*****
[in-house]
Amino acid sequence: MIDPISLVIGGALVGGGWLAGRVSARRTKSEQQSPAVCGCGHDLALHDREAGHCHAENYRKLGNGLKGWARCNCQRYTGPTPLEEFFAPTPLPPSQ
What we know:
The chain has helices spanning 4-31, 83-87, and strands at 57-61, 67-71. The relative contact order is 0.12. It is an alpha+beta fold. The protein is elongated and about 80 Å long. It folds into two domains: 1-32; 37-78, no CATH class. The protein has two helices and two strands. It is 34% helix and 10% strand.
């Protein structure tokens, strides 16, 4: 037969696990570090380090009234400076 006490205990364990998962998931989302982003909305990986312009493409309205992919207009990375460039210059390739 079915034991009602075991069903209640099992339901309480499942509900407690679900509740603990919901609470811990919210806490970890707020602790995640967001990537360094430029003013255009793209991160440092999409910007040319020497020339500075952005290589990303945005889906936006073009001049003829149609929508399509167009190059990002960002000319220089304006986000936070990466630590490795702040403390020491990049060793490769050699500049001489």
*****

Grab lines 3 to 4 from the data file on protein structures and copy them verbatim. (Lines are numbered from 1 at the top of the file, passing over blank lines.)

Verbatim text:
What we know:
The chain has helices spanning 4-31, 83-87, and strands at 57-61, 67-71. The relative contact order is 0.12. It is an alpha+beta fold. The protein is elongated and about 80 Å long. It folds into two domains: 1-32; 37-78, no CATH class. The protein has two helices and two strands. It is 34% helix and 10% strand.